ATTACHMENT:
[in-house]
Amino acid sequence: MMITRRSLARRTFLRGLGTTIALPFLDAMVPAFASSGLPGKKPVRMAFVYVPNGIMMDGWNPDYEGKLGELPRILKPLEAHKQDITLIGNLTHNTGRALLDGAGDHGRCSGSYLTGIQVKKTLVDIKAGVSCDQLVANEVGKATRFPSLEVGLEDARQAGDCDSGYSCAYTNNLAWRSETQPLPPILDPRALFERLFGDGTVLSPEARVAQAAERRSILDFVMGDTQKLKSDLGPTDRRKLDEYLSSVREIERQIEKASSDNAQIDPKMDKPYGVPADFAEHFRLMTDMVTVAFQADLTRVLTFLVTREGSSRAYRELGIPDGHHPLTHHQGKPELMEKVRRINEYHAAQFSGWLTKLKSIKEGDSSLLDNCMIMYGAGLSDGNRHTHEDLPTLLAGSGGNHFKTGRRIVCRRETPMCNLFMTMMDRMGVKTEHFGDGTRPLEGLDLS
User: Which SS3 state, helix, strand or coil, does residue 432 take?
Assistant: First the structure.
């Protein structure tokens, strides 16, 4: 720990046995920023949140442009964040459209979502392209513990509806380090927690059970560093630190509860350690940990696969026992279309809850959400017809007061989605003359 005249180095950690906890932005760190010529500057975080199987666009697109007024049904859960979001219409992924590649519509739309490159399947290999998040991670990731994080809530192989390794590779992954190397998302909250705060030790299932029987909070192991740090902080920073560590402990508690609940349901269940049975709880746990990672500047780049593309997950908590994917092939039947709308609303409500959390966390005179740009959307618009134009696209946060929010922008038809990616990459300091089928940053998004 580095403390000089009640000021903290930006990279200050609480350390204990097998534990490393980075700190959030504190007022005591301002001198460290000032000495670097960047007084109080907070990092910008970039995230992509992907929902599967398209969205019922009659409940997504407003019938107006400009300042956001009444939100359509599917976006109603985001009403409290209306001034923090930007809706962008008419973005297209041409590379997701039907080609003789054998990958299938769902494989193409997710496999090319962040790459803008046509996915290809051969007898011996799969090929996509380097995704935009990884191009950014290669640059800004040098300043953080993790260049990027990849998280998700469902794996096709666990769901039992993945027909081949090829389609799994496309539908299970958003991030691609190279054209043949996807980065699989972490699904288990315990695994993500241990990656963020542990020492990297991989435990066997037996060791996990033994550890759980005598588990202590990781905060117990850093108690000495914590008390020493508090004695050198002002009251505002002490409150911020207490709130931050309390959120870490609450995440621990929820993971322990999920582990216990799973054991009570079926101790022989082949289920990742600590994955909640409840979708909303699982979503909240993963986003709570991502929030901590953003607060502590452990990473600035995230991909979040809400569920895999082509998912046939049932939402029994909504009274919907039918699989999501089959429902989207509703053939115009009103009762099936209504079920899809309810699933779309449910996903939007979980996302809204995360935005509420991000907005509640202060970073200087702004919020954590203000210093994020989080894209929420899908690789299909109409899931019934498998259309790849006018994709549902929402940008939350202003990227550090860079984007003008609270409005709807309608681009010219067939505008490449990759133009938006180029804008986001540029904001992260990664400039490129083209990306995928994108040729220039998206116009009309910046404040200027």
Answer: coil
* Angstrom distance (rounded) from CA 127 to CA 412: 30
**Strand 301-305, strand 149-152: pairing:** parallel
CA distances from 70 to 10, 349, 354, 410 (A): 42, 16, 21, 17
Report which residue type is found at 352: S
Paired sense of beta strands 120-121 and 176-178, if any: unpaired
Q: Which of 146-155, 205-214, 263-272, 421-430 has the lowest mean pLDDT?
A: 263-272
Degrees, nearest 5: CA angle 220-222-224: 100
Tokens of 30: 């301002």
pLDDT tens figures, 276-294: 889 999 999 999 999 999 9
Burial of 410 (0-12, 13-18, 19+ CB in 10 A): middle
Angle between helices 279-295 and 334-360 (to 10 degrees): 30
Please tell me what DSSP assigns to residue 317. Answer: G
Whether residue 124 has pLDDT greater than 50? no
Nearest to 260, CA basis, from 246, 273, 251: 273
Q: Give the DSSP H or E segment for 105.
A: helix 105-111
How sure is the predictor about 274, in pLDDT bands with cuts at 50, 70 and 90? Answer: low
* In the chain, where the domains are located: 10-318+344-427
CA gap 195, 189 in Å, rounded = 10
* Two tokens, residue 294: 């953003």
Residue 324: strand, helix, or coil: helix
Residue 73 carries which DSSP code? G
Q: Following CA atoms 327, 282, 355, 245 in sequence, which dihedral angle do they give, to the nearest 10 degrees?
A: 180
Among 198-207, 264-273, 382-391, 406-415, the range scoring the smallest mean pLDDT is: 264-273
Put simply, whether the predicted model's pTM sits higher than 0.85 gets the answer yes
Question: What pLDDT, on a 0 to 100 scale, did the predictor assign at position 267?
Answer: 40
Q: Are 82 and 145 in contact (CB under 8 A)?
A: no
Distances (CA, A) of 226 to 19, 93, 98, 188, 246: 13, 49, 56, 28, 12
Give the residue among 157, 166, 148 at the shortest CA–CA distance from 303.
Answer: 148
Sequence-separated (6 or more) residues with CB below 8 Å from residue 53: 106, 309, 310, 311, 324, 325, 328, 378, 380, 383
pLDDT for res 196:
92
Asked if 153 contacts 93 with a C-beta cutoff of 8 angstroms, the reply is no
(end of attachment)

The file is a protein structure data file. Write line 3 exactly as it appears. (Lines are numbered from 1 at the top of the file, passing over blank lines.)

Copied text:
User: Which SS3 state, helix, strand or coil, does residue 432 take?